The attempt to diagnose someone else’s intention is called interpersonal attribution. You can never really know why someone does or says something. If you ask them, they could lie. Or they could tell you truthfully, but they themselves could be unaware of the reasons behind an action. They might have conflicting intentions: someone who tried to “help” you consciously might also have an unconscious piece of themselves that wanted to get a “dig” in at the same time. People very often act from more than one intention, and not all of the intentions are conscious, and some of them might be polar opposites!
So asking the question, “what was his intention” is almost always an invitation to psychopathology, whereas asking the question “what is my intention” is almost always clarifying. If you get curious about the power of intention from reading this blog, do everyone in your world a favor, and limit your curiosity to yourself. You’re not going to get inside anyone else’s head, no matter how hard you try. But spending time inside your own will make your world a better place. Men who live their lives with a specific, clear intention often change the world.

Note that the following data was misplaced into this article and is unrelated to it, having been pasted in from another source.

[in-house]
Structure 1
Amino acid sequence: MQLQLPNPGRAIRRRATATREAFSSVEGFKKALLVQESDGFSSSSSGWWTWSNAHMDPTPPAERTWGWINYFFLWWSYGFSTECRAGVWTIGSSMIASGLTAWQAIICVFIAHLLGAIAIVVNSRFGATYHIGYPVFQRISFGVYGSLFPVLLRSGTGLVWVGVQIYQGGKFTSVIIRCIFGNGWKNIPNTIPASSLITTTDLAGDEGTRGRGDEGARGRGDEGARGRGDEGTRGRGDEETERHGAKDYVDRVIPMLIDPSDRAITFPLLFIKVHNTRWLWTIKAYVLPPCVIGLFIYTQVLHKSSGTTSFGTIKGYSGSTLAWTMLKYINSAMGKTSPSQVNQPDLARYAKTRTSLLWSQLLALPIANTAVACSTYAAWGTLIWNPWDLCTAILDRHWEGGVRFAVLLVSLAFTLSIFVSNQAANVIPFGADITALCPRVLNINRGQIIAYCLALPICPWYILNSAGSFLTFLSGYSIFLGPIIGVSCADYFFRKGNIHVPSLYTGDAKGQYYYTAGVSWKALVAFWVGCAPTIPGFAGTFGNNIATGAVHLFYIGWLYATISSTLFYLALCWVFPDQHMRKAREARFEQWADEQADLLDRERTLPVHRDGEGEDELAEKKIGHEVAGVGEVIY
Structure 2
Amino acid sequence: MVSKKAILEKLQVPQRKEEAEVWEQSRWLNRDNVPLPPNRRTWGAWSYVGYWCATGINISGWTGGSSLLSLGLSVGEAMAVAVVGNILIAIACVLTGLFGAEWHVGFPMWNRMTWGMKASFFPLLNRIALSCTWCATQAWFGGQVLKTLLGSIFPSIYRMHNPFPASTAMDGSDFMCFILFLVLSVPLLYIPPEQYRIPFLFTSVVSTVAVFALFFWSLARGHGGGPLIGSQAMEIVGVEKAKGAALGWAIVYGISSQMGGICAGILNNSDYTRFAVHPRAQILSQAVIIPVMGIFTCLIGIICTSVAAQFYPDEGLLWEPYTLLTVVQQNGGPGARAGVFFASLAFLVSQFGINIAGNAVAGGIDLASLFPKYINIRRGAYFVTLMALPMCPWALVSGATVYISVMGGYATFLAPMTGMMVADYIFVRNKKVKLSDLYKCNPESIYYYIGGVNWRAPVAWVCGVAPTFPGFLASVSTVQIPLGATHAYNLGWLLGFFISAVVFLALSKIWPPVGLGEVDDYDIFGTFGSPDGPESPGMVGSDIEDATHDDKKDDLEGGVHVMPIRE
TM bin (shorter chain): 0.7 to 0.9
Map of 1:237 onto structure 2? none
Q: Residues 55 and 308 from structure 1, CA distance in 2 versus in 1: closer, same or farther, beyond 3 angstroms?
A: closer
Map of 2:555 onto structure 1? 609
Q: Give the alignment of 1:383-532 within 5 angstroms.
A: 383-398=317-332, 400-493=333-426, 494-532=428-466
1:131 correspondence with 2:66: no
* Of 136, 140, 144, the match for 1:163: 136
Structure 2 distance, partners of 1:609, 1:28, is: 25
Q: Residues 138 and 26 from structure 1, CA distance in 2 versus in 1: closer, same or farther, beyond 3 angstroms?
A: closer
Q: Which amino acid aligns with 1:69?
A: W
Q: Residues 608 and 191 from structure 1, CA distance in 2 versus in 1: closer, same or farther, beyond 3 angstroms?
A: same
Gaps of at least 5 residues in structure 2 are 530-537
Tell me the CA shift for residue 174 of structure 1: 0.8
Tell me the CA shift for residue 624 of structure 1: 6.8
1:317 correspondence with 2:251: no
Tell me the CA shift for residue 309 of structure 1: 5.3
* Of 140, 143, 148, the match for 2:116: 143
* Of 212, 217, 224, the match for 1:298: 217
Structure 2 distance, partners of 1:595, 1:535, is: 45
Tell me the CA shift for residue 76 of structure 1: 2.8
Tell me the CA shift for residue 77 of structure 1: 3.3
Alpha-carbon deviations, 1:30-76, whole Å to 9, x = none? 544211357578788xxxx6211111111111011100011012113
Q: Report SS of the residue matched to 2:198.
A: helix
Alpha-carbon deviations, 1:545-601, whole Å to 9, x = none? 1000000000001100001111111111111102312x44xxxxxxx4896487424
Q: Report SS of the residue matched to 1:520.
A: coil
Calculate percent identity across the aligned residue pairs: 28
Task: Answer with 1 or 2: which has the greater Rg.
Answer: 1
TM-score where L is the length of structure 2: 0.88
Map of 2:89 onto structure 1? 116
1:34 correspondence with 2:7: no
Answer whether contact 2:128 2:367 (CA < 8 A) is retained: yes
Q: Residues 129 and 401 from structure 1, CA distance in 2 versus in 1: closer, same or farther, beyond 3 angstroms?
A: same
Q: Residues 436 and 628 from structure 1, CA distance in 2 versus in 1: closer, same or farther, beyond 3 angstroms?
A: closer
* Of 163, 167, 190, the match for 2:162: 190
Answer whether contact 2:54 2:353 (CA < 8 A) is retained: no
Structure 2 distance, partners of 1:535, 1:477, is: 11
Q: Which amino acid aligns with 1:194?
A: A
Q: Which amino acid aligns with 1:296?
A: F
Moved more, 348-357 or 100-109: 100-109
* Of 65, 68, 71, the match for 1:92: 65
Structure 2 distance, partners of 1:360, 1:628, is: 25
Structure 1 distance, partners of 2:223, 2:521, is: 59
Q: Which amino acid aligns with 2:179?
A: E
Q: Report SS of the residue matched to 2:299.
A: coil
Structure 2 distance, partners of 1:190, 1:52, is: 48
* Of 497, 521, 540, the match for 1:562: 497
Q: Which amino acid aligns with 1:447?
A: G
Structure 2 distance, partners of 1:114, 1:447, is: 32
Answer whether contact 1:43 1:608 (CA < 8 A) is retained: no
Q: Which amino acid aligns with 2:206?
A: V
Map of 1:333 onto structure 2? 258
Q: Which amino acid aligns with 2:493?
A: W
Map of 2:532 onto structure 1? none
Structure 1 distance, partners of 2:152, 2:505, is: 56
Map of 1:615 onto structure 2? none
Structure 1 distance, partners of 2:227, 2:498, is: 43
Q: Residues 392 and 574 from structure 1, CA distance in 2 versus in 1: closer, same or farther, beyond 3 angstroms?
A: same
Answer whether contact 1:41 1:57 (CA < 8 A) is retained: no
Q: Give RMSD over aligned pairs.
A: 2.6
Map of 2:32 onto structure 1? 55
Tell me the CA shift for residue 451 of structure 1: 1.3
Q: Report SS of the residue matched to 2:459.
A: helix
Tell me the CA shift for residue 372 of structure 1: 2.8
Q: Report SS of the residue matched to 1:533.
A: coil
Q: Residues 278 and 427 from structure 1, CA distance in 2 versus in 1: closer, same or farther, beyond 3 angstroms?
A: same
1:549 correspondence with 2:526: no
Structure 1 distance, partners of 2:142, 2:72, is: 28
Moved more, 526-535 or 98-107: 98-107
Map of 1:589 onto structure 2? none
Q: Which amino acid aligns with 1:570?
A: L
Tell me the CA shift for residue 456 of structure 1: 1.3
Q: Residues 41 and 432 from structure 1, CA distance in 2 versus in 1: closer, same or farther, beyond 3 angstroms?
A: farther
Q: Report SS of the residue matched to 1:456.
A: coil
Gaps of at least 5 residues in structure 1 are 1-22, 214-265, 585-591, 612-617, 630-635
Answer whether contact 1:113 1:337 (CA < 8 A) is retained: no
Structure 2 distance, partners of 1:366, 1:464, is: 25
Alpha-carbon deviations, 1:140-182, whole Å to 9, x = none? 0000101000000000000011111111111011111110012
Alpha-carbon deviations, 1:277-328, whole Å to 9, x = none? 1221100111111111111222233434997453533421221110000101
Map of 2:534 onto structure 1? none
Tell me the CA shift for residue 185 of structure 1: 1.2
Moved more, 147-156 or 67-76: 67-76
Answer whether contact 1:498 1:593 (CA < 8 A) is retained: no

The simple practice of going into a situation asking yourself, “ok, what is my intention here?” is one I have found very powerful. During the morning tea time with which we celebrate our marriage, we will often conclude by asking each other, “do you have an intention for today?” It can often be something very simple: “to take the time to eat healthily” or “to be kind” or “to make sure I get to the gym” or “to try to be aware of my emotions.” It sets the course for the boat, rather than heading out into the day with the sails flapping, allowing the boat to be driven by the wind rather than by the pilot.